Talk about going from one end of the spectrum to the other. Former NASA astronaut Dr. Kathy Sullivan went from being the first woman to walk among the stars, thousands of miles up in the sky, to being the first woman to go lower than any other before her when she reached the bottom of the Challenger Deep – aka the deepest point on planet Earth.
Sullivan, who NASA calls an “American Original,” became the first American woman to walk in space back in October of 1984, was part of the Discovery crew deployed the Hubble Space Telescope, and logged over 532 hours total in space.
This past weekend, the 68-year-old Sullivan also became just the eighth person to reach the bottom of the Challenger Deep – 35,810 feet (almost 7 miles) below sea level.
— Kathy Sullivan (@AstroKDS) June 9, 2020
“As a hybrid oceanographer and astronaut this was an extraordinary day, a once in a lifetime day, seeing the moonscape of the Challenger Deep and then comparing notes with my colleagues on the ISS about our remarkable reusable inner-space outer-spacecraft,” said Dr. Sullivan.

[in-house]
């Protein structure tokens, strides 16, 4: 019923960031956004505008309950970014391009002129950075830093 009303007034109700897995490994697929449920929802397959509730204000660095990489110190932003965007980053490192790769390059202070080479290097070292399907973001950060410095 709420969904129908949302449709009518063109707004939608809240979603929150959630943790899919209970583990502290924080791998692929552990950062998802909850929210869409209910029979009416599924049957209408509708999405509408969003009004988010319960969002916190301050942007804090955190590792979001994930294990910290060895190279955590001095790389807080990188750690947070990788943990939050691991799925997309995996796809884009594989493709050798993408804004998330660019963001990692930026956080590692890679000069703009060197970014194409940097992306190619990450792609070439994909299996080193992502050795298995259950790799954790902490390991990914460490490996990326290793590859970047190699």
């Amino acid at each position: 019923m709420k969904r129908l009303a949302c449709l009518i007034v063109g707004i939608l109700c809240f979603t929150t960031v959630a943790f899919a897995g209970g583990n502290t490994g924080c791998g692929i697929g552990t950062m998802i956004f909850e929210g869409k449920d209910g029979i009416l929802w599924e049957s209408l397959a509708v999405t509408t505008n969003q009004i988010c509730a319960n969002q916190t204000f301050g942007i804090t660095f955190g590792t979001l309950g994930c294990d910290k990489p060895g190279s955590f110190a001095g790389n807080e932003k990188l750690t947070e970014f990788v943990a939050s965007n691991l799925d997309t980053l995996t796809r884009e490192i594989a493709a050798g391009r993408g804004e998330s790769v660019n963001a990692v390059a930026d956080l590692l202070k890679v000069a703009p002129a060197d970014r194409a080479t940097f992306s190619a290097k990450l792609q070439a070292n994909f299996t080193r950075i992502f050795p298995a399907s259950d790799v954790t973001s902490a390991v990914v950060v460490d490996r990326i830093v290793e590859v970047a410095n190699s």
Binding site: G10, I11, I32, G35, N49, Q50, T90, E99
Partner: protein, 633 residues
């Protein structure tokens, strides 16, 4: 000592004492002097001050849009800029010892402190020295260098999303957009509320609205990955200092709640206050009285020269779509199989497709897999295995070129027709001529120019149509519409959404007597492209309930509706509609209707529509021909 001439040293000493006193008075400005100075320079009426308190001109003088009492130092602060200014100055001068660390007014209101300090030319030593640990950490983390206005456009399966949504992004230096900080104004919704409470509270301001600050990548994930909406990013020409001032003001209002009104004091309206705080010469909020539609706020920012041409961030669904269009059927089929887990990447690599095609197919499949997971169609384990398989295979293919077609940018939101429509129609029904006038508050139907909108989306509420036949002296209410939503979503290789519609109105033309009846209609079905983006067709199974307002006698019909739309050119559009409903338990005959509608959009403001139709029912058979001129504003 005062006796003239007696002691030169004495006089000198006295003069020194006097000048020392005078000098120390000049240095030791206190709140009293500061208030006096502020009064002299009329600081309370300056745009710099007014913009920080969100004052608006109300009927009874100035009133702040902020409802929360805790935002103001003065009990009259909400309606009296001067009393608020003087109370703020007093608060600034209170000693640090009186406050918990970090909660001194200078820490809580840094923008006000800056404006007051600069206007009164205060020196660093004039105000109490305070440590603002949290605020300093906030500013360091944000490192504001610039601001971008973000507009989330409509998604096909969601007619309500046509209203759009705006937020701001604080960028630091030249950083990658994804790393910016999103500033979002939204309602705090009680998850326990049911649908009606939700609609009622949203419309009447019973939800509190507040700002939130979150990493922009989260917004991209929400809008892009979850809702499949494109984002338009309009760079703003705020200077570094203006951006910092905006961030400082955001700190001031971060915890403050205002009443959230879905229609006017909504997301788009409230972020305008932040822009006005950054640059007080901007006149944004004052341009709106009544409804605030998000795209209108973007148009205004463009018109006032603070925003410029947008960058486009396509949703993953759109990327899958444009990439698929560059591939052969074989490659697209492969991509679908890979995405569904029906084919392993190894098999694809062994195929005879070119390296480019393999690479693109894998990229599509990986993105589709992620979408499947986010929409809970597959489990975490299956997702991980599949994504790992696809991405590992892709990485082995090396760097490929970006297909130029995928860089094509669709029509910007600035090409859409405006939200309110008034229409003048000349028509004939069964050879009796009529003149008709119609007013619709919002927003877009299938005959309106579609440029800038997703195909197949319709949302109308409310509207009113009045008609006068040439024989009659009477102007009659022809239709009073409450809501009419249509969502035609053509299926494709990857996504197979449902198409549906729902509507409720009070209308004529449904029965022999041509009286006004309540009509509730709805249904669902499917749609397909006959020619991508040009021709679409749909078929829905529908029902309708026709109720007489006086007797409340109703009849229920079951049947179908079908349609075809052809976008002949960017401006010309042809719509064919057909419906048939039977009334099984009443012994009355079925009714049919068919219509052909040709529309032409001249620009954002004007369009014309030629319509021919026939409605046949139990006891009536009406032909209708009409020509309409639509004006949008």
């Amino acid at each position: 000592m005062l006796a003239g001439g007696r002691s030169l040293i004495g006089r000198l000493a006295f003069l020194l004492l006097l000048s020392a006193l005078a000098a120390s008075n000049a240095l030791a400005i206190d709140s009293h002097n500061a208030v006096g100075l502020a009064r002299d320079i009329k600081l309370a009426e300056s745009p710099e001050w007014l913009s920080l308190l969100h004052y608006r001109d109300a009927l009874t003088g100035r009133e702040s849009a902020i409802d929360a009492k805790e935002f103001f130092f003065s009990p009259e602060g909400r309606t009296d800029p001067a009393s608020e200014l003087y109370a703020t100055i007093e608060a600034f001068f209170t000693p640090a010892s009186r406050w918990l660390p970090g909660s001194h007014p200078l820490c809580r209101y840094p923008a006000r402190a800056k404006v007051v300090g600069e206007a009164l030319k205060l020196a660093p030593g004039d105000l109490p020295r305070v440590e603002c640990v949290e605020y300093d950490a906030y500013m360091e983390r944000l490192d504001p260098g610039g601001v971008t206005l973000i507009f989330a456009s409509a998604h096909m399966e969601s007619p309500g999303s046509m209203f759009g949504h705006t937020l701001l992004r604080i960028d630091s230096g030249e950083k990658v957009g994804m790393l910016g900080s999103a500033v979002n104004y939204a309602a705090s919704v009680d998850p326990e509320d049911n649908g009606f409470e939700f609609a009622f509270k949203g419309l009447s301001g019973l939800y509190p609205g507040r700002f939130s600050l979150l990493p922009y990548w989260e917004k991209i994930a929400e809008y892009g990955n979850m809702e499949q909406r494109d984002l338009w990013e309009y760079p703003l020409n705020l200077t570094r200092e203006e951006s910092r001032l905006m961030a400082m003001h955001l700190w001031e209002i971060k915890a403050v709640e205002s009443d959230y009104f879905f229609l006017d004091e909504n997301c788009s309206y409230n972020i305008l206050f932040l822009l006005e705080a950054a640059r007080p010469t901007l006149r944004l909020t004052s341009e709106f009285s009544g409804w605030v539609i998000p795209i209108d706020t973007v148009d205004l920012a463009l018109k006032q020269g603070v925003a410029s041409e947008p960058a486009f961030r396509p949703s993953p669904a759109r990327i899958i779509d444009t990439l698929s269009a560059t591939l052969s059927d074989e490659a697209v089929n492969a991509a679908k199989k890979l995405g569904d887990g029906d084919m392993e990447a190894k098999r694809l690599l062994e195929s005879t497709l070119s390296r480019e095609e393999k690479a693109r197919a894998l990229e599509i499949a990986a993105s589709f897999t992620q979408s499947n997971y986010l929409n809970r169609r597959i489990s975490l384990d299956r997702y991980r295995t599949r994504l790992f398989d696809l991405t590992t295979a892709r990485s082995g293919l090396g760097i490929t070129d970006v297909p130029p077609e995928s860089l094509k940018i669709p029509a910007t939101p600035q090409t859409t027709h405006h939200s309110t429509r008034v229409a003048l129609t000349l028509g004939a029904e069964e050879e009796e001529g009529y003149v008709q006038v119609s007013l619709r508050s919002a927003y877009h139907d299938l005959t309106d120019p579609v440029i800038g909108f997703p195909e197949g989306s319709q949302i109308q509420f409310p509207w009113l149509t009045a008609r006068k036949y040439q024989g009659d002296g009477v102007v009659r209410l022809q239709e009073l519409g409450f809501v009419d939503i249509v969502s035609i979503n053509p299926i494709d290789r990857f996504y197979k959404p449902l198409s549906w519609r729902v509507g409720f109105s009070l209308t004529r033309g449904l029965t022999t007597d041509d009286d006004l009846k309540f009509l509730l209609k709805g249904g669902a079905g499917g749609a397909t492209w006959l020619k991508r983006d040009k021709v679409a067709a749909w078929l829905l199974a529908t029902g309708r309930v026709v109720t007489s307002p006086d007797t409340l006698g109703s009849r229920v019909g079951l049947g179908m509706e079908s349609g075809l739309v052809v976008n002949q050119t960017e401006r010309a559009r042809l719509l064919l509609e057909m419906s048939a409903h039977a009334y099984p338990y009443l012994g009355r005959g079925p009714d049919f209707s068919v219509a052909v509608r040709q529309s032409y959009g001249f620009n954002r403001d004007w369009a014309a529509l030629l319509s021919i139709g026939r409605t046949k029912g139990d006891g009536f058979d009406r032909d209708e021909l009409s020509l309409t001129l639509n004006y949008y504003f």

Even cooler than that, Sullivan marked the occasion by making calling NASA astronauts on the International Space Station from the DSSV Pressure Drop, the mothership of submersible DSV Limiting Factor.
“It was amazing to set up a conversation between two ’spacecraft’; one operating as a platform for research in outer space, the other an exploration vehicle for ‘inner space’. Two groups of humans using cutting edge technology to explore the outer edges of our world,” said EYOS Expeditions expedition leader Rob McCallum. “It highlighted the vast span of human endeavour while at the same time linking us close together as fellow explorers. We are well used to our clients being ambitious in their quest to explore… but this was a new ‘first’.”
“We made some more history today… and then got to share the experience with kindred spirits in the ISS,” said Vescovo. “It was a pleasure to have Kathy along both as an oceanographer during the dive, and then as an astronaut to talk to the ISS.”